I like collaborative work and social constructivism, i.e. learning from and with others. Today, I got to use this method in collaboration with another year 8 maths teacher. This post is both a lesson idea as well as a reflection on this type of learning.
As an introduction to the new topic of Circles, this lesson was designed to assess (for learning) what the students already knew about Parts of a Circle. Instead of the usual questioning and Diagnostic Test methods, we decided to do this:
1. Pair up students within each class. We used class buddies.
2. Each pair list as many parts as they can remember in 3 minutes. Materials: PostIt notes or small piece of paper
3. Each pair is paired up with another pair, i.e. group of 4. We had 9 groups with one having more than 4 members.
4. On butcher paper, each group constructs (draws) circle/s and labels the parts accordingly.
We were only going to give them 10 minutes to do this but the students were engaged in discussion and construction (some got very artistic) so we extended this to 15 minutes. Materials: butcher paper, compasses.
5. Each group presents to the whole group (2 classes) their posters and is asked to describe one part in detail, e.g. Diameter as a line passing from a point on the circumference to another point on the circumference passing through the centre (or something along those lines).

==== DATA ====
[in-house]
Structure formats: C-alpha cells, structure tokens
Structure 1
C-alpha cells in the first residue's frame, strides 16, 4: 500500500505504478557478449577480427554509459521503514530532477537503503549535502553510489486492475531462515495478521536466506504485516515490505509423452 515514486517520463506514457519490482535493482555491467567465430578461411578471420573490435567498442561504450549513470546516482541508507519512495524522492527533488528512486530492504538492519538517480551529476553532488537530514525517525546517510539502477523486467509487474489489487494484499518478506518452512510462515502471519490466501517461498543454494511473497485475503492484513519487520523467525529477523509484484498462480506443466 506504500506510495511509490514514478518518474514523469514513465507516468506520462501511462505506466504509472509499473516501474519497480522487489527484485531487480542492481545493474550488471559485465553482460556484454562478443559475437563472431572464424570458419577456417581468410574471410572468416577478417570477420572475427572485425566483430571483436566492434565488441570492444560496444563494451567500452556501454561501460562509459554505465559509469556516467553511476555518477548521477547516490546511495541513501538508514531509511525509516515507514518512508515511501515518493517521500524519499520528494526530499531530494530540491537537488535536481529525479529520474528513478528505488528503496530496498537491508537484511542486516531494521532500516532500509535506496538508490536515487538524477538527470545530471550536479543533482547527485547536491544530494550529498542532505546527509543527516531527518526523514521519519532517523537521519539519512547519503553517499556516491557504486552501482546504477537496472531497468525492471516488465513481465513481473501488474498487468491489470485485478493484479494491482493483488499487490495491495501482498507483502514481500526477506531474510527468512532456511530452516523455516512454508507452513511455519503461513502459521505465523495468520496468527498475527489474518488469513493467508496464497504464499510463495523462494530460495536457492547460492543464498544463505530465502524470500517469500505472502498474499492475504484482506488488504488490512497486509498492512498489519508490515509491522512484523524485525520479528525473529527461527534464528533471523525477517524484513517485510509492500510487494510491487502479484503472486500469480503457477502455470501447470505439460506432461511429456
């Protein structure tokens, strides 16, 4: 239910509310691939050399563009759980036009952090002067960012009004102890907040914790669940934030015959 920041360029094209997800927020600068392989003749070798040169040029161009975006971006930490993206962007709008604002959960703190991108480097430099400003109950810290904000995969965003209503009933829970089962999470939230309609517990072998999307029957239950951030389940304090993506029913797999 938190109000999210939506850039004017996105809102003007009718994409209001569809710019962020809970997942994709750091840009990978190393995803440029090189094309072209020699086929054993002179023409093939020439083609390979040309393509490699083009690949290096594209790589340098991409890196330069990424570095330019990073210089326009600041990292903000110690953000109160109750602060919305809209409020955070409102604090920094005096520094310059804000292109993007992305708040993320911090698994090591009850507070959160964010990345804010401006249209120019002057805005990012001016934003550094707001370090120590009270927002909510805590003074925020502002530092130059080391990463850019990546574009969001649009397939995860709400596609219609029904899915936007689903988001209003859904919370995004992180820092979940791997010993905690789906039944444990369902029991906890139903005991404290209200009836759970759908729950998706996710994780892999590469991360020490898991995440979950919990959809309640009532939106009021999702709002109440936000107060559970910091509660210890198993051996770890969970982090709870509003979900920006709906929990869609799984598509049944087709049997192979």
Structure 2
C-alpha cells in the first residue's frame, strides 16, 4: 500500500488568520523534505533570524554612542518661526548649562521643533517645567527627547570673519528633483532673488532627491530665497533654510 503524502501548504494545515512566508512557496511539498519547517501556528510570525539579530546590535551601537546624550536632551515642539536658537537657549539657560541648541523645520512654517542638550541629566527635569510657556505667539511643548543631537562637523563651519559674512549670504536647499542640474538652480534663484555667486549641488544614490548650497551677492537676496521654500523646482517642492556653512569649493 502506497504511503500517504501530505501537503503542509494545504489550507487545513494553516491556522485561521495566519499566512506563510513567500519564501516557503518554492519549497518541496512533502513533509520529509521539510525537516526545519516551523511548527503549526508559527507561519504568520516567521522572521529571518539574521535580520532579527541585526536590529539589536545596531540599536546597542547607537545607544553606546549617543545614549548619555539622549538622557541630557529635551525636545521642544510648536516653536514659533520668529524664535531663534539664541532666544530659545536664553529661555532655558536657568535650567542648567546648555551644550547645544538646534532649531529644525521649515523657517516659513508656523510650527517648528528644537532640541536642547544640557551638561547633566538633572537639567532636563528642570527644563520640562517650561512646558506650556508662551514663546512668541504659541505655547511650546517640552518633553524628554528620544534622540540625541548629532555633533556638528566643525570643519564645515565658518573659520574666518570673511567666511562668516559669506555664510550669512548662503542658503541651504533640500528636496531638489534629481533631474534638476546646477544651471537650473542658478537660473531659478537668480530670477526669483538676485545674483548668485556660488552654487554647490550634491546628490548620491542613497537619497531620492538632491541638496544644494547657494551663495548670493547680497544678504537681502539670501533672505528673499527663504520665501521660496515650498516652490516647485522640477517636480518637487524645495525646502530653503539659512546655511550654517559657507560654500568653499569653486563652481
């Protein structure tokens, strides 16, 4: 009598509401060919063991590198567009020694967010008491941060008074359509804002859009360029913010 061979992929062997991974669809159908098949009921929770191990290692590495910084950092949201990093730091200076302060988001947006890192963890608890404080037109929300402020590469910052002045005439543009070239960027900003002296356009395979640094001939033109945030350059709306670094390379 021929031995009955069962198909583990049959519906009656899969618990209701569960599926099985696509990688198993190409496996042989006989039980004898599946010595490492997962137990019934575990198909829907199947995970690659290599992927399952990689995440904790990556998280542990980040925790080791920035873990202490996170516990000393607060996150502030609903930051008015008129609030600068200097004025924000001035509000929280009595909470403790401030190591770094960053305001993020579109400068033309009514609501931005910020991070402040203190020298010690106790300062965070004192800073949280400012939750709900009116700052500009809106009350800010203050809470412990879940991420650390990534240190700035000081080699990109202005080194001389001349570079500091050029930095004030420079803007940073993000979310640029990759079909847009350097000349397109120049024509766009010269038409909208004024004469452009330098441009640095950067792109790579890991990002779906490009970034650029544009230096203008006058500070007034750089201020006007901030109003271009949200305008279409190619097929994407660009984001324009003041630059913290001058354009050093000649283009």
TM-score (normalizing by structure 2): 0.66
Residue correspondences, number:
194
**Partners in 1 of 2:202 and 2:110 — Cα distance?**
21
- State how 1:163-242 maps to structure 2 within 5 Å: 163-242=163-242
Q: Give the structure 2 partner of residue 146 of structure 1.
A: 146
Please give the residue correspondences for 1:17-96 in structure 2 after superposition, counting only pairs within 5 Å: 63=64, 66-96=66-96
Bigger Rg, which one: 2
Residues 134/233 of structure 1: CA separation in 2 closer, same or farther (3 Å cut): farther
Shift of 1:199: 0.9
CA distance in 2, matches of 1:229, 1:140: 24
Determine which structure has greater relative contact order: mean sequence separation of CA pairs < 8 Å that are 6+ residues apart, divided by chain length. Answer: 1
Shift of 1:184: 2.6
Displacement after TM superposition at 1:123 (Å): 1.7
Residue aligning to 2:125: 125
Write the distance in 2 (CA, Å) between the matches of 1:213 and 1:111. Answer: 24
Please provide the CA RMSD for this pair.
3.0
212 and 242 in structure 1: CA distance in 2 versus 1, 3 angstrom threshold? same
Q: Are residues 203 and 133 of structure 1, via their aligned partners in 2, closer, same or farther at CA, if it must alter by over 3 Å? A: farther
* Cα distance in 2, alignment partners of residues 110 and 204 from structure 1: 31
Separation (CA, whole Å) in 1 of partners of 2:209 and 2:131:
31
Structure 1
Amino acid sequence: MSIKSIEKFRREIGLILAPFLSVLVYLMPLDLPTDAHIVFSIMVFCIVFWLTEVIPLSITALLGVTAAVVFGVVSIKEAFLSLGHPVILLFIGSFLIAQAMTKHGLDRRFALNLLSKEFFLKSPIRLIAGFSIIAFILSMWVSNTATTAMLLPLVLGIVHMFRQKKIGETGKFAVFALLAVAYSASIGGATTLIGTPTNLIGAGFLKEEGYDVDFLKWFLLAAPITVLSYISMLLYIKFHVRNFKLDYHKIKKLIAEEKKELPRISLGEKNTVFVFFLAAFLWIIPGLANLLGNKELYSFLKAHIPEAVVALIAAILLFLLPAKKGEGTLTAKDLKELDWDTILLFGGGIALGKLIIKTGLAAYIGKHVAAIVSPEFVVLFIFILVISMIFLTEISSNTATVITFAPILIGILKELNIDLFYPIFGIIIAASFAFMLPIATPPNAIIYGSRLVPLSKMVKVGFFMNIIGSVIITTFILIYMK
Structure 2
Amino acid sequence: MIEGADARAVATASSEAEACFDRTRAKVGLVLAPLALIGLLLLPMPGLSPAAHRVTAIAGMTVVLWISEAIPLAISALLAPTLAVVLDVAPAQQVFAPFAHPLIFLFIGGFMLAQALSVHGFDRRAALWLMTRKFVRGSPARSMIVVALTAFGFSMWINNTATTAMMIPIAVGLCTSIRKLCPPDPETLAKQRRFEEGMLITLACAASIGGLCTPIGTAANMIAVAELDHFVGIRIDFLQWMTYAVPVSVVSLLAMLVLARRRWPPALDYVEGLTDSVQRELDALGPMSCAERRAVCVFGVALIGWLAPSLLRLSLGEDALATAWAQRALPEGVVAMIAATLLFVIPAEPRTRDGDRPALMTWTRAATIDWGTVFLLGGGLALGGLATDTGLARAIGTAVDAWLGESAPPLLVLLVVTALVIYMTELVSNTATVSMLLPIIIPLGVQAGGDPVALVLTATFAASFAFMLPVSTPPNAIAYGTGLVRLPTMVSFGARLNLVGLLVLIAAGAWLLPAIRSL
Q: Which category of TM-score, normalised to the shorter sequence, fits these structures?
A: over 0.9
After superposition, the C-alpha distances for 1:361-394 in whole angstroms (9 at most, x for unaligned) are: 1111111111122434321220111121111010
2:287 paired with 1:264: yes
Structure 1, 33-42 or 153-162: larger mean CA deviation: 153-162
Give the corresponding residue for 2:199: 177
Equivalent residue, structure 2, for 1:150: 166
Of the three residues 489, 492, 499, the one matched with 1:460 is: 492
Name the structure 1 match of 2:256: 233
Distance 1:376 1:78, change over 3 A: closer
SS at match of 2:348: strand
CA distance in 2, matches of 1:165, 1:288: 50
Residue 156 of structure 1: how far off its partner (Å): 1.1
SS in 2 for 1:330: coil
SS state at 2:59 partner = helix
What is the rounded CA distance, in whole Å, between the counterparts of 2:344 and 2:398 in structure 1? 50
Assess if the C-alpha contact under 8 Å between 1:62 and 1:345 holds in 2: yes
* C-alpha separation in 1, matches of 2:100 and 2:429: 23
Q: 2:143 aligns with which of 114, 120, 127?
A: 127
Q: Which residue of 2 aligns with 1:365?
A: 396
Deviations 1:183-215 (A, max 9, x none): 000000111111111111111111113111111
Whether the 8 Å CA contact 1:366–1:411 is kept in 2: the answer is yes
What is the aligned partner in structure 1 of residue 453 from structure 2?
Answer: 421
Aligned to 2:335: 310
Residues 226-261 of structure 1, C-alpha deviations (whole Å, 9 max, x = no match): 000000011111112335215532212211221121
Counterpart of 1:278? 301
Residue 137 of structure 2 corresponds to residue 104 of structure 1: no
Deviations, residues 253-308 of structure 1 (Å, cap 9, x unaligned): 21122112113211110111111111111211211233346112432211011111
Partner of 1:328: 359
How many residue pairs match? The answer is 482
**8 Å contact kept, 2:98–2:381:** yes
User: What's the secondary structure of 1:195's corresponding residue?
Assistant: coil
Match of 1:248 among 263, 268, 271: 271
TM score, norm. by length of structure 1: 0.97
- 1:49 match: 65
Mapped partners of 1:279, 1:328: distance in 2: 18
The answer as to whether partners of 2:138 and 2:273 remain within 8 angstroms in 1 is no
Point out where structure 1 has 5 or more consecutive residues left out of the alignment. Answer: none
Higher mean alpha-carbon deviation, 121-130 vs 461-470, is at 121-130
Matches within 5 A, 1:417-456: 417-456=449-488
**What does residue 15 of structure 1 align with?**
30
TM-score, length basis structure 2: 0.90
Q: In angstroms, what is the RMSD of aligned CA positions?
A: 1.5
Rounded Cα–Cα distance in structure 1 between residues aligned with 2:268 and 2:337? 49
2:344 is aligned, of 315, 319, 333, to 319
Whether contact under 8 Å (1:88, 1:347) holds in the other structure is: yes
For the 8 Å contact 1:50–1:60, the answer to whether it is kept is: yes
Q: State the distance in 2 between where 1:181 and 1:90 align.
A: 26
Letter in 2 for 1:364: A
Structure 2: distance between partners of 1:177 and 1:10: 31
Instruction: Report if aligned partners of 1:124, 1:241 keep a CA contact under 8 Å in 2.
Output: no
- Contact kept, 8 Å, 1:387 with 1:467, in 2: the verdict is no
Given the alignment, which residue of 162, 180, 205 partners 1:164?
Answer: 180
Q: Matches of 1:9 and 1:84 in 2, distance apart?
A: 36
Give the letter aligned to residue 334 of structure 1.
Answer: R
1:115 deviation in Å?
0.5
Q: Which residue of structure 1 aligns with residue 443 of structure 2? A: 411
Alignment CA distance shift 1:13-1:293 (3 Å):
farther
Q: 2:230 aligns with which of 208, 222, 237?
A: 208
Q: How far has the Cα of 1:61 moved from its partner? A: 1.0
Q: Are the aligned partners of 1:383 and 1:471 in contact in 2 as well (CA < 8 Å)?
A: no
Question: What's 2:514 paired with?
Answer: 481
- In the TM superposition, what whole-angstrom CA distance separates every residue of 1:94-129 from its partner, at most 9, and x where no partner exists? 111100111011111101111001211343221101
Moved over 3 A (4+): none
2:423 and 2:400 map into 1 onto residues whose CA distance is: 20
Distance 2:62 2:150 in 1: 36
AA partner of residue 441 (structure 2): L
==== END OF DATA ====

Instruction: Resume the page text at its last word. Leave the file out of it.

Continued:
This was actually a good conceptual review as well as literacy exercise.
6. For homework (and reinforcing what was learned), give a worksheet on labelling parts of the circle.
Concentric Circles of Learning
Concentric circles are circles within circles, all sharing the same centre point. I think this is a beautiful metaphor for learning. At the centre is the individual learner. When this learner learns from and with others, his/her learning circle radiates outwards and gets bigger and bigger, as does personal learning and knowledge. As in the lesson above, each learner brings his/her own knowledge to share firstly with one other, then with another two, then to a bigger group and so on.
While there were technically two teachers in the classroom, more teaching and learning happened between students. Today, we (my colleague and I) did not teach. Today, we facilitated learning at individual and group levels. Collaboration happened at many levels today (and before today where planning was concerned). Today was a good day.
Where this metaphor falls short is that in fact, there are many concentric circles and these circles overlap as they do in Venn Diagrams. But, that’s perhaps another post!